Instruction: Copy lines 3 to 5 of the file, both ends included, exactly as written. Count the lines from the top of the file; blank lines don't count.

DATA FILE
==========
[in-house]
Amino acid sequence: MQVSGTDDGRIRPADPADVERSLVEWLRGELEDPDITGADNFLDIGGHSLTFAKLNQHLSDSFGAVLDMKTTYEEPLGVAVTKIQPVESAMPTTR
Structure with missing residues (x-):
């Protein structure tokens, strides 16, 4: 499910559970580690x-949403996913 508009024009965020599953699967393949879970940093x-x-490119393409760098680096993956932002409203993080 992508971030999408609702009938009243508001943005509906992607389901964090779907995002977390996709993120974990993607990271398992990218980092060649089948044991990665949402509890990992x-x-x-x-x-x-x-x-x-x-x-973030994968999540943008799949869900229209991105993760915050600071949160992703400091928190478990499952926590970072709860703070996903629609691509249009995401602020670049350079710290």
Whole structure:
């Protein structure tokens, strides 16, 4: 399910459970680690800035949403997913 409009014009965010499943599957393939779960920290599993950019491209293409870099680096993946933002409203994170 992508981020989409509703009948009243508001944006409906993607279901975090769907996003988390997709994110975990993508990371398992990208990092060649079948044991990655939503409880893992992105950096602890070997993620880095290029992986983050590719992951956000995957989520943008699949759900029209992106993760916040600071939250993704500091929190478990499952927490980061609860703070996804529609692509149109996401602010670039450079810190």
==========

Structure with missing residues (x-):
């Protein structure tokens, strides 16, 4: 499910559970580690x-949403996913 508009024009965020599953699967393949879970940093x-x-490119393409760098680096993956932002409203993080 992508971030999408609702009938009243508001943005509906992607389901964090779907995002977390996709993120974990993607990271398992990218980092060649089948044991990665949402509890990992x-x-x-x-x-x-x-x-x-x-x-973030994968999540943008799949869900229209991105993760915050600071949160992703400091928190478990499952926590970072709860703070996903629609691509249009995401602020670049350079710290």
Whole structure: